Posted by Editor, cairnsnews
The Queensland National Parks Service is about to aerial shoot cattle belonging to the few remaining graziers on Cape York Peninsula.
Affected landowners on Cape York were emailed a week ago by the parks office in Cairns advising feral cattle would be shot along river courses and park boundaries starting on March 8.
Over the past three years more than 5000 cattle worth more than $6m on today’s market have been wantonly killed on the orders of the Queensland Labor Party Minister Meaghan Scanlon a young Gold Coast lawyer who has not ever held a real job.
Last year Coen residents saw dead cattle along a bush track that had been shot from a helicopter chartered by the parks.
A local resident told Cairns News several cows, calves and bulls had been indiscriminately gut-shot, shot in the legs and elsewhere and there would have been no one shot kills.
The carcasses provide an easy food source for the thousands of feral pigs and wild dogs living unmolested on national parks.
The resident said some of the cattle were branded and were the property of local land owners. Local aborigines also complained they could have caught the cattle on national parks and along river courses giving them work in a jobless district and reuniting them with some self-respect rather than surviving on sit-down welfare money.
Cairns News doubts the Minister has ever been to Cape York or witnessed the alcohol and drug abuse among some communities.
Attempts to bring the issue to the notice of State Parliament in this sittings have failed as graziers who received emails from parks officer Chris Kinnairv in Cairns have been reluctant to publicise them in fear of retribution from the Labor Party Government or the parks.
Such is the atmosphere that has existed on Cape York for decades. Pastoralists, except for an outspoken few who care about the proper management of country, live in fear of having their leases taken from them by a bully-boy Labor Party and an out-of-control national parks service.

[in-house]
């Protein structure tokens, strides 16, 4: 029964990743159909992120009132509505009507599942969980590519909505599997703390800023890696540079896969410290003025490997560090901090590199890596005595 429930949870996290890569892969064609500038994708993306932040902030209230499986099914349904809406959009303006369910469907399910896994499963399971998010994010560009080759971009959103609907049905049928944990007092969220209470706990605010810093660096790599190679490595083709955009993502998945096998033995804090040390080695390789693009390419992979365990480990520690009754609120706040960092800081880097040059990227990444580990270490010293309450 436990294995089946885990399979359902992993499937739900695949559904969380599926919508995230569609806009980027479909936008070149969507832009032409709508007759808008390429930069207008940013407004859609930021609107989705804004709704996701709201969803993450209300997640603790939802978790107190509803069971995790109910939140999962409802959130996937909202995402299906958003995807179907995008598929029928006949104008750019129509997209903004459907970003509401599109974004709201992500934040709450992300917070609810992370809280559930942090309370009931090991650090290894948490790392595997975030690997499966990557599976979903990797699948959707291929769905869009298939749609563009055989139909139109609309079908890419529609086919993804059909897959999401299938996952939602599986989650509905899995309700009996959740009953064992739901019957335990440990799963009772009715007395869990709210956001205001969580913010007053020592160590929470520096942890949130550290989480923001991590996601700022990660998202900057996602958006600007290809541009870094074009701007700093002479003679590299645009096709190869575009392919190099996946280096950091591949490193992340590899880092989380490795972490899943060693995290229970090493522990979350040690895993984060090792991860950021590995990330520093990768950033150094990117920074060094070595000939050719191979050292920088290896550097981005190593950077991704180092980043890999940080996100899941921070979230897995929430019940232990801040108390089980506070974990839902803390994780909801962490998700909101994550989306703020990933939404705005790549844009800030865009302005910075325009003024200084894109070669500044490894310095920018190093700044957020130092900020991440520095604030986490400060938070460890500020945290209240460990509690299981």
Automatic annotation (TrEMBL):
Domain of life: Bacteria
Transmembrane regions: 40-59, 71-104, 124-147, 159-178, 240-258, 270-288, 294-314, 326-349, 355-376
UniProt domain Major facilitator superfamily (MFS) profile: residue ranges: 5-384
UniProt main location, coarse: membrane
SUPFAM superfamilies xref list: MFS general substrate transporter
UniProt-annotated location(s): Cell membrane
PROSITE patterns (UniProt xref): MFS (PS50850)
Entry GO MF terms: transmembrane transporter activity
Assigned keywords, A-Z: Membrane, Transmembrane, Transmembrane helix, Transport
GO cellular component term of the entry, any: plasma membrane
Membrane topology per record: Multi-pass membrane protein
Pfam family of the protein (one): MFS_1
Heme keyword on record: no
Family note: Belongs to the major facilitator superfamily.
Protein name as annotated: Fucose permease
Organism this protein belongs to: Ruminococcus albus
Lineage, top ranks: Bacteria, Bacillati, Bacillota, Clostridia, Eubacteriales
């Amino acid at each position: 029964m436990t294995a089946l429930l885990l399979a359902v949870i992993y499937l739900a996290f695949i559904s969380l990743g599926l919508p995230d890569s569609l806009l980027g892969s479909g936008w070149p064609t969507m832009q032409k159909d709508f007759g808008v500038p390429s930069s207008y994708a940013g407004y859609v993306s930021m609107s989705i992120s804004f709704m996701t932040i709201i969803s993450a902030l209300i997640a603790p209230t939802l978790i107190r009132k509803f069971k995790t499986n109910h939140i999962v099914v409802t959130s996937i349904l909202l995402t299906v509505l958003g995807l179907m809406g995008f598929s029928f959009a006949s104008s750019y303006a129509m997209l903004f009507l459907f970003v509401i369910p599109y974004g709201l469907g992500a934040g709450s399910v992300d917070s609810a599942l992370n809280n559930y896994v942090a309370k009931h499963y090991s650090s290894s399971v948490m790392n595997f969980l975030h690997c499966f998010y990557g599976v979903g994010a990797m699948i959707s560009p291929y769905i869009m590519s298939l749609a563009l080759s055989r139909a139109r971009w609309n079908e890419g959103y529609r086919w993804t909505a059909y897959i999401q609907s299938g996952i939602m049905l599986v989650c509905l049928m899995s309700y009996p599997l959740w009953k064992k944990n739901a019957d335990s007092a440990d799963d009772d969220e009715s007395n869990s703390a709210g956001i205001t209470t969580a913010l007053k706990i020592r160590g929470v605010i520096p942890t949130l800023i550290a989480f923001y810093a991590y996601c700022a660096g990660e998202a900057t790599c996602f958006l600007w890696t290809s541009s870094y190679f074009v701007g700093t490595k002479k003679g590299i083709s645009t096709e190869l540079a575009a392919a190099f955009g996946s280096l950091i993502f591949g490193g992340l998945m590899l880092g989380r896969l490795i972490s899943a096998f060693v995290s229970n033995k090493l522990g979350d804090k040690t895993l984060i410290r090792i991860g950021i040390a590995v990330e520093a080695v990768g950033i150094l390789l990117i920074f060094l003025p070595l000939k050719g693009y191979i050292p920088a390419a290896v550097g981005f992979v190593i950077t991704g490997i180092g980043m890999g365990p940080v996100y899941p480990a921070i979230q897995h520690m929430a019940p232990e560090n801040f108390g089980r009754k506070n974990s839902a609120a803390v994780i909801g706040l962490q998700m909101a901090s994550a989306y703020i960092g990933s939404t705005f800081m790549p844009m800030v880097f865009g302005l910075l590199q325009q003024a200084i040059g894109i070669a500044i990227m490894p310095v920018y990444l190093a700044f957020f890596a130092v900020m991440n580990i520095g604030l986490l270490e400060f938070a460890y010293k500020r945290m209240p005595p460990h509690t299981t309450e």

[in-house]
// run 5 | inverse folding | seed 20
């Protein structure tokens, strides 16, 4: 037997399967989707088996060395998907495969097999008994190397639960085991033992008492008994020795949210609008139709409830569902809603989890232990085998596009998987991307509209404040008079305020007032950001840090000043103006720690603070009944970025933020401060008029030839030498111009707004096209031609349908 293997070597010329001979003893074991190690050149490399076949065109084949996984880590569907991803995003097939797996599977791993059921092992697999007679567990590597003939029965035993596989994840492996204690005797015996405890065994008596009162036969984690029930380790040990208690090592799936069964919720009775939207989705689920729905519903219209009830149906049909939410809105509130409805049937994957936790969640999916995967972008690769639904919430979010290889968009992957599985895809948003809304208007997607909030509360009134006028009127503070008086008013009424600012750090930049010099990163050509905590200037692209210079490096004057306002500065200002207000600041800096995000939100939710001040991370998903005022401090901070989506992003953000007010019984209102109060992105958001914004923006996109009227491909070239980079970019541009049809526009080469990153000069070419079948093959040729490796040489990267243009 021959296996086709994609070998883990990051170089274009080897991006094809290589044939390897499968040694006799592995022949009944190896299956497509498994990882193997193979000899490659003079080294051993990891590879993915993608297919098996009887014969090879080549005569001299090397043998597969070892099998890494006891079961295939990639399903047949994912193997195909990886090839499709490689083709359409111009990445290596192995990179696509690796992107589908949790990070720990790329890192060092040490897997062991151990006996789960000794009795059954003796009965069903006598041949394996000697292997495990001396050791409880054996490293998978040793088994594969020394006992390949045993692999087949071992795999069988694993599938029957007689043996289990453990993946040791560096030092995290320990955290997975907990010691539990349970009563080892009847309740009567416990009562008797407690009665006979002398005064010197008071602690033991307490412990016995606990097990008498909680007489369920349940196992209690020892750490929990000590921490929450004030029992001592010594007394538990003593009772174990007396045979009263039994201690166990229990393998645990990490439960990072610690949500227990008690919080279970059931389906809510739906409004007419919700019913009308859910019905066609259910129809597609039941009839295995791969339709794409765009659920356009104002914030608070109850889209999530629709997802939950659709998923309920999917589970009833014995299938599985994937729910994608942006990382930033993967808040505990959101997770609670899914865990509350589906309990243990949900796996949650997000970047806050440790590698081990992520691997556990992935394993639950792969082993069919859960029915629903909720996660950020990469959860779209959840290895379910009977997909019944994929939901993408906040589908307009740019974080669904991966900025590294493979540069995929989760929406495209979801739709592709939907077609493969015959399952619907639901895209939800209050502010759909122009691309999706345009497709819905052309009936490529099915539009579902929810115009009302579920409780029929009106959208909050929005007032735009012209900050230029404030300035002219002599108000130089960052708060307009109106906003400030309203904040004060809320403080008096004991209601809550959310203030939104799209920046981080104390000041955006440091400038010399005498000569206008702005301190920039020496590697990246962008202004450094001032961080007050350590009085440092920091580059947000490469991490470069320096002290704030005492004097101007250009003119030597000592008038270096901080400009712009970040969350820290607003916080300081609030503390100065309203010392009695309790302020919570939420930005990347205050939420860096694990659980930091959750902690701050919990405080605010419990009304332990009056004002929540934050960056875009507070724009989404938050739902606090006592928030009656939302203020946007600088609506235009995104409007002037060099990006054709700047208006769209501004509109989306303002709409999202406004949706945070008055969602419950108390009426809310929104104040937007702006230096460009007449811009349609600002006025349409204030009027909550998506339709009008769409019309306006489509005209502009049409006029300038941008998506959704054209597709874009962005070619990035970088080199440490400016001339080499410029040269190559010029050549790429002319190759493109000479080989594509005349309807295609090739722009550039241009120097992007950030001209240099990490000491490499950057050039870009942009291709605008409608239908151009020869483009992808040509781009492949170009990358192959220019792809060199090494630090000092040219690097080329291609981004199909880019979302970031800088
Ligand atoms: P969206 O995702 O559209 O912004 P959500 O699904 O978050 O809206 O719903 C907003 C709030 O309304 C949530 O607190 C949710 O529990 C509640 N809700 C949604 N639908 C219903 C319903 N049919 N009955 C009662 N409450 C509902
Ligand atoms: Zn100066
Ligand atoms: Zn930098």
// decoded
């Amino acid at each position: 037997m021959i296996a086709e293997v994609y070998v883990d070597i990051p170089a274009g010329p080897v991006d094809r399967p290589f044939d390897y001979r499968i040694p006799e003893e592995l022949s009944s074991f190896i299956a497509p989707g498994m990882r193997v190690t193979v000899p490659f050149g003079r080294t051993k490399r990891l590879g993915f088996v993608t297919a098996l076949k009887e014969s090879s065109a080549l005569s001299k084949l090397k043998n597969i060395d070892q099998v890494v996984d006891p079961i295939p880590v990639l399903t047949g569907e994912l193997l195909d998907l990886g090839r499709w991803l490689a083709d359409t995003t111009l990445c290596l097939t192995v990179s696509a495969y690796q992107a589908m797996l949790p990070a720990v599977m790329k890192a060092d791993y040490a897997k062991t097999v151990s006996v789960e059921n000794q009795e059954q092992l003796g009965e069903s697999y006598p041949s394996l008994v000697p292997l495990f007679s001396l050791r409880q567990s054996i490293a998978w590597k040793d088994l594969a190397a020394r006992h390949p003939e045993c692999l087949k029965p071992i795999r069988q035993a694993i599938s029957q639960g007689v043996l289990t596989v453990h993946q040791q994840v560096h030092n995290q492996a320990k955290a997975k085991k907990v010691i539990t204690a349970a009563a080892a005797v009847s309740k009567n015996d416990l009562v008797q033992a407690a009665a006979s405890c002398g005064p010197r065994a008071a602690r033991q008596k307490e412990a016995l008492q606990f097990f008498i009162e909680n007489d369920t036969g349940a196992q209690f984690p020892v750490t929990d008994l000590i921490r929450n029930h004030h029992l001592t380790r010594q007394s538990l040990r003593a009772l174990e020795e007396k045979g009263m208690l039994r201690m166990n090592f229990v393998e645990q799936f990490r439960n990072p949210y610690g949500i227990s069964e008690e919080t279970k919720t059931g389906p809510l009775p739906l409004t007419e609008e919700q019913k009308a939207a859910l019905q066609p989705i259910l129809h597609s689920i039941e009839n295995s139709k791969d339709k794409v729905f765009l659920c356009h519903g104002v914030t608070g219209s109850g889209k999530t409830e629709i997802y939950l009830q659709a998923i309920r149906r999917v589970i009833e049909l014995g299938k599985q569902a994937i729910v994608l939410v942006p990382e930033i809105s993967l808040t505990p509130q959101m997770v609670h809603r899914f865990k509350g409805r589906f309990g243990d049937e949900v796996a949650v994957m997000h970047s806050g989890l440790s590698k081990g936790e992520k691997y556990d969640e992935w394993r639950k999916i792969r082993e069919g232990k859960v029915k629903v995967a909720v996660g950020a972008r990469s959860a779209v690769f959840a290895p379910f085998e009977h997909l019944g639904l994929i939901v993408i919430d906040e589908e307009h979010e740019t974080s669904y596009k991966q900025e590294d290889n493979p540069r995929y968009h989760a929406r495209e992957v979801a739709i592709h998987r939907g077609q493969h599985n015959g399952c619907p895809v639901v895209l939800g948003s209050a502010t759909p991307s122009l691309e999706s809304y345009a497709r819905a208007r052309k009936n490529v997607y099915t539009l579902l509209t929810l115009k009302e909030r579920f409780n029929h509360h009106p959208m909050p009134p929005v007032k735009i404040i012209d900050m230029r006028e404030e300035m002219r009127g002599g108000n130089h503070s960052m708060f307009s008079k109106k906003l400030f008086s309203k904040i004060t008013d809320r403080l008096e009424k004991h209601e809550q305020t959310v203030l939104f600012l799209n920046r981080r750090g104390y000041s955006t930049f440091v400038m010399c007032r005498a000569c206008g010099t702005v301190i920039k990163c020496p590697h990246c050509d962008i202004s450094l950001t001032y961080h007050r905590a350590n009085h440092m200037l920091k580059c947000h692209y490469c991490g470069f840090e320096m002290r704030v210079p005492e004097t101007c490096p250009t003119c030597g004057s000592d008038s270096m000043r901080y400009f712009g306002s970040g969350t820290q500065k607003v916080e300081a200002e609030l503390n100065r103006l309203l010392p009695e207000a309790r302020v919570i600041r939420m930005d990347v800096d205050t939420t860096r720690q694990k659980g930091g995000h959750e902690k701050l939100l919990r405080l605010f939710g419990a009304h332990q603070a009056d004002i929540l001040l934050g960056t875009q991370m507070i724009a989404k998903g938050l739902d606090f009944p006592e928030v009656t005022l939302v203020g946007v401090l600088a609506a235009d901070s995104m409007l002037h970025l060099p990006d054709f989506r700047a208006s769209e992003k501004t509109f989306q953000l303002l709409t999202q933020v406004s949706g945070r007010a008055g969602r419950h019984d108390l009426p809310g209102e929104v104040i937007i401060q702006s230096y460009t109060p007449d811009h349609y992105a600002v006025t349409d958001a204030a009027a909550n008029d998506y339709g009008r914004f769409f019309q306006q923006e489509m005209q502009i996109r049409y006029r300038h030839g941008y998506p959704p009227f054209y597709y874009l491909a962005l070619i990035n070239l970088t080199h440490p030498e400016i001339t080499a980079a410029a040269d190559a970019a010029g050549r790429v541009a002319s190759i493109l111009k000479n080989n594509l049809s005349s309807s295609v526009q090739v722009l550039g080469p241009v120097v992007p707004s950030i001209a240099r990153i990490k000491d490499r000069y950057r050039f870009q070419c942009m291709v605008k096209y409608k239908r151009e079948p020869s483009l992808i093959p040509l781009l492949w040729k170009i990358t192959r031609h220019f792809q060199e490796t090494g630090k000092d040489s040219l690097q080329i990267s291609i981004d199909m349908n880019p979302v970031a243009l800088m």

In response to inquiries made last year made by state Member for Traeger Robbie Katter an Environment Department spokesman said only the best shooters were employed to cull cattle and that no branded cattle were being shot.
Veteran Cape York cattle producer John Witherspoon begged to differ saying he has had his cattle shot by helicopter in the past and fears for his branded cattle he knows have been running on an unfenced, nearby national park for the past 12 months or longer.
“The parks have us over a barrel. They won’t let us go onto the park to muster our branded and unbranded cattle unless we jump through a lot of hoops,” Mr Witherspoon said.
“We have to apply for a permit which takes a minimum of 40 days before we get an answer.
“By then the cattle could go anywhere or be shot by the parks.
“”Any vehicle going onto the park has to be registered and roadworthy, insured and we need public liability of $20m, but there are few registered property vehicles on Cape York, because it simply costs too much and is unnecessary for day to day running.
Mr Witherspoon disputed the Environment Dept claim that only feral or unbranded cattle are shot.
“Firstly the parks do not own any cattle. When they take over a grazing property they are destocked and most of the properties are unfenced.
“Any cattle straying onto a national park belong to somebody, usually the adjoining landowner or the former cattle producer who owned the property.
“In the late 80’s the entire Cape York Peninsula cattle herd was shot out because of the BTEC (brucellosis tuberculosis eradication campaign) and declared by the government at the time as officially destocked.
“I shot many thousands of cattle from the air as a part of this campaign and it is impossible to tell if cattle are branded or not especially when most shooting is in thick scrub.
“It is not easy to do and one shot kills are rare.”
As a consequence of the government’s declaration that the entire Cape York Peninsula landmass was stock free in the early 90’s after the BTEC shoot out, any cattle that exist there now are descendants of cattle introduced by re-stocking pastoralists.
The National Parks have been contacted for comment.